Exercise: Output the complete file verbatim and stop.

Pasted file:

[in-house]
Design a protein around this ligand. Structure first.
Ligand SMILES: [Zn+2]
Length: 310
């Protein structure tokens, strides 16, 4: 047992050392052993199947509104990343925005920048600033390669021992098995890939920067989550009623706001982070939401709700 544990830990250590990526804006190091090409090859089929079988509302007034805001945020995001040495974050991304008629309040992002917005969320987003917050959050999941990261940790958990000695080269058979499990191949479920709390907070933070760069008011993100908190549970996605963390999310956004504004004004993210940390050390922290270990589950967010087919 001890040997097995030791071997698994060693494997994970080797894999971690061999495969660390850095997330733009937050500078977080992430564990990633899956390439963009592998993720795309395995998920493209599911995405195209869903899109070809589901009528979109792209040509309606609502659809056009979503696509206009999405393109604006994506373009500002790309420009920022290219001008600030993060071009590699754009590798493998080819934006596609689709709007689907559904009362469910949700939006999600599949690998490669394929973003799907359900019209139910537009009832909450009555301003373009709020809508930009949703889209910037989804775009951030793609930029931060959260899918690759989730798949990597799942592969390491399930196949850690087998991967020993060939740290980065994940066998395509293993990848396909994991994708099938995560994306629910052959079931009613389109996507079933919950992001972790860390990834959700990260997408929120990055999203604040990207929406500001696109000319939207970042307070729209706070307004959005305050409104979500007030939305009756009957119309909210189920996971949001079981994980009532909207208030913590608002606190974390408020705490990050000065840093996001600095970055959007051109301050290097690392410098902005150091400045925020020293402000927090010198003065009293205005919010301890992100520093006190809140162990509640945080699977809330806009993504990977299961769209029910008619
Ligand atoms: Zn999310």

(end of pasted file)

[in-house]
Design a protein around this ligand. Structure first.
Ligand SMILES: [Zn+2]
Length: 310
């Protein structure tokens, strides 16, 4: 047992050392052993199947509104990343925005920048600033390669021992098995890939920067989550009623706001982070939401709700 544990830990250590990526804006190091090409090859089929079988509302007034805001945020995001040495974050991304008629309040992002917005969320987003917050959050999941990261940790958990000695080269058979499990191949479920709390907070933070760069008011993100908190549970996605963390999310956004504004004004993210940390050390922290270990589950967010087919 001890040997097995030791071997698994060693494997994970080797894999971690061999495969660390850095997330733009937050500078977080992430564990990633899956390439963009592998993720795309395995998920493209599911995405195209869903899109070809589901009528979109792209040509309606609502659809056009979503696509206009999405393109604006994506373009500002790309420009920022290219001008600030993060071009590699754009590798493998080819934006596609689709709007689907559904009362469910949700939006999600599949690998490669394929973003799907359900019209139910537009009832909450009555301003373009709020809508930009949703889209910037989804775009951030793609930029931060959260899918690759989730798949990597799942592969390491399930196949850690087998991967020993060939740290980065994940066998395509293993990848396909994991994708099938995560994306629910052959079931009613389109996507079933919950992001972790860390990834959700990260997408929120990055999203604040990207929406500001696109000319939207970042307070729209706070307004959005305050409104979500007030939305009756009957119309909210189920996971949001079981994980009532909207208030913590608002606190974390408020705490990050000065840093996001600095970055959007051109301050290097690392410098902005150091400045925020020293402000927090010198003065009293205005919010301890992100520093006190809140162990509640945080699977809330806009993504990977299961769209029910008619
Ligand atoms: Zn999310």